Monounsaturated FatsJune 6, 2012 Written by JP [Font too small?]
The fact that I embrace science as a means of validating natural remedies occasionally puts me at odds with strict holistic advocates. In a recent encounter, I was accused of aligning myself with the Food and Drug Administration (FDA) – an organization which, by most accounts, has a contentious relationship with the natural health community. My response was that if I were affiliated with the FDA, prescriptions for statin medications (used to lower cholesterol) would become obsolete and avocados would be stocked in pharmacies throughout the land.
Select whole foods, including avocados, nuts, seeds (almonds, hazelnuts, macadamia, pecans, sunflower seeds) and olives are abundant sources of a variety of fats known as monounsaturates (MUFA). In terms of traditional diets, the so-called Mediterranean diet is perhaps the best known example of an eating style that’s rich in MUFA. Why? Because the predominant fat source in the Mediterranean region is unrefined olive oil.
By now, most health conscious consumers are keenly aware of the health benefits of omega 3 fatty acids found in fish, flaxseeds and walnuts. But, I don’t know too many people who actively seek out foods specifically for their MUFA content. I’d like to see this change because: 1) diets rich in MUFA reduce systemic inflammation (C-reactive protein) which is associated with cancer, diabetes and heart disease risk; 2) higher intake of MUFA probably slows down age-related, cognitive decline – possibly by enhancing “insulin action in the brain”; 3) MUFA improve various risk factors linked to metabolic syndrome and stroke incidence (body fat percentage, high blood pressure, LDL cholesterol and triglycerides, insulin resistance and low HDL cholesterol). Even so, there is still a fair amount of “lipophobia” (fear of dietary fat) present in the modern medical paradigm. A change in this unfounded fear is essential in order to curb several of the greatest health threats of our time, namely: diabetes, heart disease and obesity.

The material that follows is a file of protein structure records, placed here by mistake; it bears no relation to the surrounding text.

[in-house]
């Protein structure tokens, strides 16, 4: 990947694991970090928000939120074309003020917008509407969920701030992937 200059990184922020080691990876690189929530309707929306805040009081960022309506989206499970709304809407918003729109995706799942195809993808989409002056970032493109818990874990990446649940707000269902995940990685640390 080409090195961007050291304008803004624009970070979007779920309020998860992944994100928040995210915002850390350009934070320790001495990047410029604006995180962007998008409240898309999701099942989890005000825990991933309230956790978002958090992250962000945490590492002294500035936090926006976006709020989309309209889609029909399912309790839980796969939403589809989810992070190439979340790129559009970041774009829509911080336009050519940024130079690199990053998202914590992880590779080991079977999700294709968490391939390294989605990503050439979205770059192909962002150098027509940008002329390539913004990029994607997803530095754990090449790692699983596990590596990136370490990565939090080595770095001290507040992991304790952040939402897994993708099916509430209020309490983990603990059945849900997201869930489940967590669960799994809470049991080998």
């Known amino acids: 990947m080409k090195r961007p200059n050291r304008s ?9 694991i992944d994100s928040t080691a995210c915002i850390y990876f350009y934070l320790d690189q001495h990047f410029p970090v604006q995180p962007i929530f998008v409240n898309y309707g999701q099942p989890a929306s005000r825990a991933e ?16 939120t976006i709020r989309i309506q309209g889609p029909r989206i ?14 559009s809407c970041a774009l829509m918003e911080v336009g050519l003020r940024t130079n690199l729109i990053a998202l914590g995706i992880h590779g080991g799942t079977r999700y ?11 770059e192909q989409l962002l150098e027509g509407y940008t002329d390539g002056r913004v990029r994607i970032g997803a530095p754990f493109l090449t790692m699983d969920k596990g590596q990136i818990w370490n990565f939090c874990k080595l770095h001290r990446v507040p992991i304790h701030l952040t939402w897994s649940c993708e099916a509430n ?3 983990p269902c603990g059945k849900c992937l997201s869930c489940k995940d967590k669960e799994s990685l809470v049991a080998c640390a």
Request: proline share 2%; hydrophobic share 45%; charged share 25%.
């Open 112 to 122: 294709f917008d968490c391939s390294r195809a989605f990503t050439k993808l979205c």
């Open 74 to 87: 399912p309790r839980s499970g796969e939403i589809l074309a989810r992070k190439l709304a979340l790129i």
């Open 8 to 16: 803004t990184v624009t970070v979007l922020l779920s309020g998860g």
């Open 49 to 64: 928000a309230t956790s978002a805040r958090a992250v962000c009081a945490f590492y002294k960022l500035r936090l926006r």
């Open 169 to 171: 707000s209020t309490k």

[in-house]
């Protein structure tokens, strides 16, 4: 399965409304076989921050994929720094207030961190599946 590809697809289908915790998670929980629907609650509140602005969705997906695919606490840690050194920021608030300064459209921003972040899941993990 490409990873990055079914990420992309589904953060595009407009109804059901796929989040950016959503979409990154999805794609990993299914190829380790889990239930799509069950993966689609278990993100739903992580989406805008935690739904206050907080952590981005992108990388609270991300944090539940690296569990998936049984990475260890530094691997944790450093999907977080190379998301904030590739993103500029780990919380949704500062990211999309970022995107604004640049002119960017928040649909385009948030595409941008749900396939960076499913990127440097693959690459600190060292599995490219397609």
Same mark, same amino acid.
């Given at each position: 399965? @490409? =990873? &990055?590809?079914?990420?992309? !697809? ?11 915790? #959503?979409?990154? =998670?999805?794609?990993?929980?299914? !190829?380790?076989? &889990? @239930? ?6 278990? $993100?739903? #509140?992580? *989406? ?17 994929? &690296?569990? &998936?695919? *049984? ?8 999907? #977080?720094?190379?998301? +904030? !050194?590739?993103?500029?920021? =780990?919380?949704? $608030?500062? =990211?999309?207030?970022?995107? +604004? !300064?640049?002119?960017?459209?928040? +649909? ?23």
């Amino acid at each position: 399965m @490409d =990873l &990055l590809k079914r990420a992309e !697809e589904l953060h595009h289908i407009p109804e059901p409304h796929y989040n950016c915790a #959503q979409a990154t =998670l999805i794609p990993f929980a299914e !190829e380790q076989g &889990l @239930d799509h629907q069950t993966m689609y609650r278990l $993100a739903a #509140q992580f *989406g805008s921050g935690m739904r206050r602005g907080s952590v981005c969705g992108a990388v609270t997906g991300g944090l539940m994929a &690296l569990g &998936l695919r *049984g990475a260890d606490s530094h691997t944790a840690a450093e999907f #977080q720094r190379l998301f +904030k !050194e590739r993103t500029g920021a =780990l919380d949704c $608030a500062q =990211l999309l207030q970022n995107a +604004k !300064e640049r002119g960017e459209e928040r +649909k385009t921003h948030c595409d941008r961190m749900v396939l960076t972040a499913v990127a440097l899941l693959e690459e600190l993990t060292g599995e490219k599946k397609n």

Adding more monounsaturates to your daily routine is simple enough. And, unlike omega 3 fatty acids, supplements aren’t required. Personally, I use and recommend extra virgin olive oil for cold food preparation and some cooking. However, I try to derive most of my MUFA from whole foods. Whenever possible, I enjoy a small plate of avocado slices and olives or a handful of almonds or hazelnuts instead of using avocado, macadamia or olive oil. My rationale is that virtually every whole food source of MUFA contains valuable nutrients and phytochemicals that aren’t present in as meaningful quantities in the oil itself. For instance, almonds contain a fair share of magnesium, protein and Vitamin E. Avocados are an excellent source of dietary fiber, lutein and potassium. There’s no sense in missing out on much of the inherent goodness of these whole foods by opting for the extracted oil alone.
Note: Please check out the “Comments & Updates” section of this blog – at the bottom of the page. You can find the latest research about this topic there!
To learn more about the studies referenced in today’s column, please click on the following links:
Study 1 – Consumption of a High Monounsaturated–Fat Diet Reduces Oxidative … (link)
Study 2 – Dietary Fat Types and 4-Year Cognitive Change in Community-Dwelling … (link)
Study 3 – Monounsaturated, Trans, and Saturated Fatty Acids & Cognitive Decline … (link)
Study 4 – Monounsaturated Fatty Acids Prevent the Aversive Effects of Obesity … (link)
Study 5 – Effects of Monounsaturated Fatty Acids on Cardiovascular Risk Factors … (link)
Study 6 – Effects of Monounsaturated Fatty Acids on Glycaemic Control in Patients … (link)
Study 7 – Adding Monounsaturated Fatty Acids to a Dietary Portfolio of … (link)
Study 8 – Health Benefits of Almonds beyond Cholesterol Reduction … (link)
Study 9 – Associations of Whole-Blood Fatty Acids and Dietary Intakes w/ Prostate … (link)
Study 10 – Olive Oil Intake and Mortality Within the Spanish Population … (link)
Olive Oil Intake Is Inversely Related with Various Cancers
Source: Lipids Health Dis. 2011 Jul 30;10:127. (link)
Tags: Diabetes, Heart Health, Olive Oil
Posted in Diet and Weight Loss, Memory, Nutrition